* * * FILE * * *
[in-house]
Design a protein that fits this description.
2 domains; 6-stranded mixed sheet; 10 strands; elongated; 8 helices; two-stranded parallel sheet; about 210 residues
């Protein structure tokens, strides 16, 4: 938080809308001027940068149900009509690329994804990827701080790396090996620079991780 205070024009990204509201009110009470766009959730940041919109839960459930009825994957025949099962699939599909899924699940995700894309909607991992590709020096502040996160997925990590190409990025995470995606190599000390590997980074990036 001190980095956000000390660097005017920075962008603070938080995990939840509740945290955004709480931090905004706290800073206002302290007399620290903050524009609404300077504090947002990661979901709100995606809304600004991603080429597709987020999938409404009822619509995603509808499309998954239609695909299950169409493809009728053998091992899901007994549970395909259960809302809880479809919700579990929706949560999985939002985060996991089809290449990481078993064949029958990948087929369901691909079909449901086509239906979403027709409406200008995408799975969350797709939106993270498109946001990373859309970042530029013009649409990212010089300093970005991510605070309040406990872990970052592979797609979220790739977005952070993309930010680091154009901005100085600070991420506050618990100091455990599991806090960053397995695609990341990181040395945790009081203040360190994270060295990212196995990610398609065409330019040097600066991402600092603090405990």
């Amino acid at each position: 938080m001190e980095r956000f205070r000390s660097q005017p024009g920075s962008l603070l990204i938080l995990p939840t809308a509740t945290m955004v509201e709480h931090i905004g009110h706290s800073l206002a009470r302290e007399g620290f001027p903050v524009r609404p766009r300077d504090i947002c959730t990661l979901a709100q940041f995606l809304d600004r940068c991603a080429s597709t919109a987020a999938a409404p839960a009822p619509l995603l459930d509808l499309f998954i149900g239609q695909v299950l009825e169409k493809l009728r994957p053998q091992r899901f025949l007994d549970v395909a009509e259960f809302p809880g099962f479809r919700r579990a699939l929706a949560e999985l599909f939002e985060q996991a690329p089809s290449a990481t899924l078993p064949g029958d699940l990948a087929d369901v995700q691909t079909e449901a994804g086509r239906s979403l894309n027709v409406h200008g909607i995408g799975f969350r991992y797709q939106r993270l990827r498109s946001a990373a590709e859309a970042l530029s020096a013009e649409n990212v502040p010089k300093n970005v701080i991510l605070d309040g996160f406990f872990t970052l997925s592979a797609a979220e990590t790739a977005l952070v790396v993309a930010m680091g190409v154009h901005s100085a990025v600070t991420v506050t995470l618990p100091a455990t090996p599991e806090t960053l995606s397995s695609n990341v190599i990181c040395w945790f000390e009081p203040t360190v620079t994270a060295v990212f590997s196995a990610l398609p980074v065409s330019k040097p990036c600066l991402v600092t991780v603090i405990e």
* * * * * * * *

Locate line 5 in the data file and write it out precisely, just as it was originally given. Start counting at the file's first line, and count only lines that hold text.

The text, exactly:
């Amino acid at each position: 938080m001190e980095r956000f205070r000390s660097q005017p024009g920075s962008l603070l990204i938080l995990p939840t809308a509740t945290m955004v509201e709480h931090i905004g009110h706290s800073l206002a009470r302290e007399g620290f001027p903050v524009r609404p766009r300077d504090i947002c959730t990661l979901a709100q940041f995606l809304d600004r940068c991603a080429s597709t919109a987020a999938a409404p839960a009822p619509l995603l459930d509808l499309f998954i149900g239609q695909v299950l009825e169409k493809l009728r994957p053998q091992r899901f025949l007994d549970v395909a009509e259960f809302p809880g099962f479809r919700r579990a699939l929706a949560e999985l599909f939002e985060q996991a690329p089809s290449a990481t899924l078993p064949g029958d699940l990948a087929d369901v995700q691909t079909e449901a994804g086509r239906s979403l894309n027709v409406h200008g909607i995408g799975f969350r991992y797709q939106r993270l990827r498109s946001a990373a590709e859309a970042l530029s020096a013009e649409n990212v502040p010089k300093n970005v701080i991510l605070d309040g996160f406990f872990t970052l997925s592979a797609a979220e990590t790739a977005l952070v790396v993309a930010m680091g190409v154009h901005s100085a990025v600070t991420v506050t995470l618990p100091a455990t090996p599991e806090t960053l995606s397995s695609n990341v190599i990181c040395w945790f000390e009081p203040t360190v620079t994270a060295v990212f590997s196995a990610l398609p980074v065409s330019k040097p990036c600066l991402v600092t991780v603090i405990e």